Podcast Reflections

Reflection on Luke 21.5-19 (2nd Sunday before Advent, Year C)

Listen to a reflection for the 2nd Sunday before Advent, 13 November 2022, on Luke 21.5-19

Luke 21.5-19 
The Destruction of the Temple Foretold

When some were speaking about the temple, how it was adorned with beautiful stones and gifts dedicated to God, he said, ‘As for these things that you see, the days will come when not one stone will be left upon another; all will be thrown down.’ 

They asked him, ‘Teacher, when will this be, and what will be the sign that this is about to take place?’ And he said, ‘Beware that you are not led astray; for many will come in my name and say, “I am he!” and, “The time is near!” Do not go after them. 

‘When you hear of wars and insurrections, do not be terrified; for these things must take place first, but the end will not follow immediately.’ Then he said to them, ‘Nation will rise against nation, and kingdom against kingdom; there will be great earthquakes, and in various places famines and plagues; and there will be dreadful portents and great signs from heaven. 

‘But before all this occurs, they will arrest you and persecute you; they will hand you over to synagogues and prisons, and you will be brought before kings and governors because of my name. This will give you an opportunity to testify. So make up your minds not to prepare your defence in advance; for I will give you words and a wisdom that none of your opponents will be able to withstand or contradict. You will be betrayed even by parents and brothers, by relatives and friends; and they will put some of you to death. You will be hated by all because of my name. But not a hair of your head will perish. By your endurance you will gain your souls.’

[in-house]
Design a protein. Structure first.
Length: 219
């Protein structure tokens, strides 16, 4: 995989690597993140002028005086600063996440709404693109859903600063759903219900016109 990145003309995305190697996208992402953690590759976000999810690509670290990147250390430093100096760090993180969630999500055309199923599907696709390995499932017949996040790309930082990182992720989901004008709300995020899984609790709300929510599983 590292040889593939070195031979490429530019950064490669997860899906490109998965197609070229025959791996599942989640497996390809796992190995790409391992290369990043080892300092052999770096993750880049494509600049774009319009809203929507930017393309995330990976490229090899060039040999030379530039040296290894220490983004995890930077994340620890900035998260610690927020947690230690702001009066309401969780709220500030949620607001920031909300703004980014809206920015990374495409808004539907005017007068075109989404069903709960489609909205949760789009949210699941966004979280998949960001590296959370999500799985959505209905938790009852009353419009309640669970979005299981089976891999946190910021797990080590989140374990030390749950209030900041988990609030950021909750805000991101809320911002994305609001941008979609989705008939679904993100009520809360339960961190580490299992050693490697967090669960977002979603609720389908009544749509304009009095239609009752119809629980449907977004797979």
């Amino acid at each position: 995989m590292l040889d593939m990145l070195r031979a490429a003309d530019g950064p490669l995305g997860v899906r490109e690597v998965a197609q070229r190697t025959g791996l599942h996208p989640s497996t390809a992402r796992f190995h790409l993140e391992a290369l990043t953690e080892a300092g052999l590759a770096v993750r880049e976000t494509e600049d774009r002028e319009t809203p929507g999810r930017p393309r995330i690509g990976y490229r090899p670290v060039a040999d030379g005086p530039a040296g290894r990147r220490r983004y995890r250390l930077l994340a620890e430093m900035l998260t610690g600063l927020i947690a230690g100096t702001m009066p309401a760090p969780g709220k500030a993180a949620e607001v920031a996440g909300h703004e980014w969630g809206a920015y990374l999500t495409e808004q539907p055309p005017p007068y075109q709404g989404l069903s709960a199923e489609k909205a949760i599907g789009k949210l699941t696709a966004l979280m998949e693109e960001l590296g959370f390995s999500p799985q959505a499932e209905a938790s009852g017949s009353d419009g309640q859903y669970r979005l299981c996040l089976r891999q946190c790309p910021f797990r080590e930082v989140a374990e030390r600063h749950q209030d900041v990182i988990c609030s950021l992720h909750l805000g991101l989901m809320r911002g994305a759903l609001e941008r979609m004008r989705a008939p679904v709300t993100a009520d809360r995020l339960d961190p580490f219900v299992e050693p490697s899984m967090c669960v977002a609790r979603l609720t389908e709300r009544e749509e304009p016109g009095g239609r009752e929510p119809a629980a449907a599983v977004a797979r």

Today’s passage from Luke’s gospel contains so many doom-laden words that we often miss the moment of hope … the final eight words that should empower and encourage us as we struggle with the realities of daily life in this world: By your endurance you will gain your souls.

Too often our church buildings become the focus of all our efforts. We work hard to beautify and preserve them, forgetting that they are but a symbol in our journey of faith. 

Too often our wits are clouded and we become bewitched by some new way of looking at the world. A charismatic preacher of some alternative doctrine woos us from the true path, the true journey of faith.

Too often we look at the world around us and see only the doom and gloom that are peddled by ambitious, self-serving politicians and international conglomerates. We become caught up in their flawed attempts to dominate those who are less able to defend themselves. In our despair we are tempted to give up on both God and the true journey of faith.

Too often, as our minds are befuddled with concerns over church buildings, false teaching and naked international ambition (no matter what the cost), we find ourselves coming into conflict with those family members, friends and neighbours who should be those closest to us. We forget the two greatest commandments: love of God and neighbour; we become confused and lost, forgetting the call to journey in faith.

The Christian life is not an easy one. The Christian life demands dedication and determination. The Christian life, the only life that will ultimately bring us into the eternal presence of God, is challenging, particularly in the face of the self-destructive impulses of many human beings. But, despite all the horrors and pitfalls of this world, Jesus’ words remain true: By your endurance you will gain your souls. Let us pray that we might never lose sight of those words as we strive to endure to the end.